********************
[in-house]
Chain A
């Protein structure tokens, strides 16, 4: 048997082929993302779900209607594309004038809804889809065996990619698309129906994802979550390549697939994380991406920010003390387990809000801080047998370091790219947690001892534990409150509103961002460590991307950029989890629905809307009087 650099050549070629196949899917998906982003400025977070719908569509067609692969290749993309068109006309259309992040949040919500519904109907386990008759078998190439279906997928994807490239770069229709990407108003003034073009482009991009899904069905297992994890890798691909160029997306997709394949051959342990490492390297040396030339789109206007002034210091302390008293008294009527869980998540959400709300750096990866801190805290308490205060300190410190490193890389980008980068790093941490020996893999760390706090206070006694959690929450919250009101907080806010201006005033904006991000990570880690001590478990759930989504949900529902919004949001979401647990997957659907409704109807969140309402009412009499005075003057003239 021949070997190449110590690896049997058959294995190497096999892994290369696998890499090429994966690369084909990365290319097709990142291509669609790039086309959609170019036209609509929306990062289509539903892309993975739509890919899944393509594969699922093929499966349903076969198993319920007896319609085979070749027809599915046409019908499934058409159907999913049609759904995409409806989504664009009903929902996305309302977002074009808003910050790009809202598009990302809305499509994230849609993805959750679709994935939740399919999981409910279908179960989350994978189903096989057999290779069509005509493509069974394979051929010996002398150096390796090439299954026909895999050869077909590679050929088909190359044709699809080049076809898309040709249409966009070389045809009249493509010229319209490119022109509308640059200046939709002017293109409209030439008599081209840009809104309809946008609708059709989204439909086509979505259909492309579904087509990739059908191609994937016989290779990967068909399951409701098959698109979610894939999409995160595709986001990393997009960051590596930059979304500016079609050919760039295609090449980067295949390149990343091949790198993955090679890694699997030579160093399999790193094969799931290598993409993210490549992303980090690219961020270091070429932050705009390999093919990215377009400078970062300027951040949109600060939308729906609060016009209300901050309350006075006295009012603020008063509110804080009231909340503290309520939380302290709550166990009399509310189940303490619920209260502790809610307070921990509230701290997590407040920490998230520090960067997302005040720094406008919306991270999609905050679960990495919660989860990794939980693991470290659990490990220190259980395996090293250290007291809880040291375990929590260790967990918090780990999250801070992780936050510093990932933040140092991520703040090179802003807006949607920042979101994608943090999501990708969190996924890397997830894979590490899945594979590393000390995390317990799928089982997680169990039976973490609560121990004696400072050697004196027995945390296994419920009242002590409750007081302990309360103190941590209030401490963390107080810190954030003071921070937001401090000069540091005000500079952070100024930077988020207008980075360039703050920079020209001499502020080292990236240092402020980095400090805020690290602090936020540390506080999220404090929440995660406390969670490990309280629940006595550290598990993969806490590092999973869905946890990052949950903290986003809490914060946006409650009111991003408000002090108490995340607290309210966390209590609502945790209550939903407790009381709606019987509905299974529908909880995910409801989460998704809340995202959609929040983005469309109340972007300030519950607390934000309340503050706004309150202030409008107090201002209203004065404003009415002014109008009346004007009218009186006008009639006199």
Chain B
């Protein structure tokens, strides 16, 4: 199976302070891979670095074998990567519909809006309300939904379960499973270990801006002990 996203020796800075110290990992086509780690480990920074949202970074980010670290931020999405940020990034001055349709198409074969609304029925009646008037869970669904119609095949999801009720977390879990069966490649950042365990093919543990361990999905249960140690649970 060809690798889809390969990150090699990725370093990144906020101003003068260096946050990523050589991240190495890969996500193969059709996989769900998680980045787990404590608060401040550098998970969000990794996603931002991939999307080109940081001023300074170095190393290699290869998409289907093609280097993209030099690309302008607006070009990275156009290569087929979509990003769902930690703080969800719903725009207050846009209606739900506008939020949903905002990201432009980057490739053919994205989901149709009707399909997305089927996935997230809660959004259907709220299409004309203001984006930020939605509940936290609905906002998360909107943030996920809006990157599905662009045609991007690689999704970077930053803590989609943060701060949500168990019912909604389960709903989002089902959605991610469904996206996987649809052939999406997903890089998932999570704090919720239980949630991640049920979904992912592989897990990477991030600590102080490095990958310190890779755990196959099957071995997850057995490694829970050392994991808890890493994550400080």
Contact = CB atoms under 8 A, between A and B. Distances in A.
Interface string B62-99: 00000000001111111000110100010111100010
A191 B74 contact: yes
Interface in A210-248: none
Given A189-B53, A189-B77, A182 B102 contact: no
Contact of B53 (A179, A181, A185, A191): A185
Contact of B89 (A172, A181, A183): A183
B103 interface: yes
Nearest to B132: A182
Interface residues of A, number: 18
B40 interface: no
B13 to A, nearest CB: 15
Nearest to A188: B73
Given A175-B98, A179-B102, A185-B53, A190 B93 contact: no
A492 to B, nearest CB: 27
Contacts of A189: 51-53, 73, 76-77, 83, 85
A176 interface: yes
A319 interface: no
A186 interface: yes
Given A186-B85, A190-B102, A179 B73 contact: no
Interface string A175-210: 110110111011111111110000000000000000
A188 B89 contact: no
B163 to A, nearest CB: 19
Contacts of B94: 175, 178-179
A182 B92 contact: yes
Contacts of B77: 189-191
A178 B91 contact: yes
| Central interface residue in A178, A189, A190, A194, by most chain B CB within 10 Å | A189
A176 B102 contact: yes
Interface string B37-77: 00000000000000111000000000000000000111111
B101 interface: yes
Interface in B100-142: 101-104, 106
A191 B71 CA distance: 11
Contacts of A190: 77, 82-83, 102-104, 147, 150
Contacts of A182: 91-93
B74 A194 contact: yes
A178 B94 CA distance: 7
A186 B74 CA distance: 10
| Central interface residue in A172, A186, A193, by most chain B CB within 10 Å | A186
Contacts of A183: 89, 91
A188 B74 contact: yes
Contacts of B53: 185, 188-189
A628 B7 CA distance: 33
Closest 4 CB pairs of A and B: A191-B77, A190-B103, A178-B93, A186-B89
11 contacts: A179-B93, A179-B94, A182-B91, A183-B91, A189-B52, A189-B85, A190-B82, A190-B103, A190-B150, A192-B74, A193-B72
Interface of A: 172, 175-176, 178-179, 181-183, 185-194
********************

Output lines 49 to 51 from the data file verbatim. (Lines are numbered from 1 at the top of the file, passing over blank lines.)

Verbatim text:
Closest 4 CB pairs of A and B: A191-B77, A190-B103, A178-B93, A186-B89
11 contacts: A179-B93, A179-B94, A182-B91, A183-B91, A189-B52, A189-B85, A190-B82, A190-B103, A190-B150, A192-B74, A193-B72
Interface of A: 172, 175-176, 178-179, 181-183, 185-194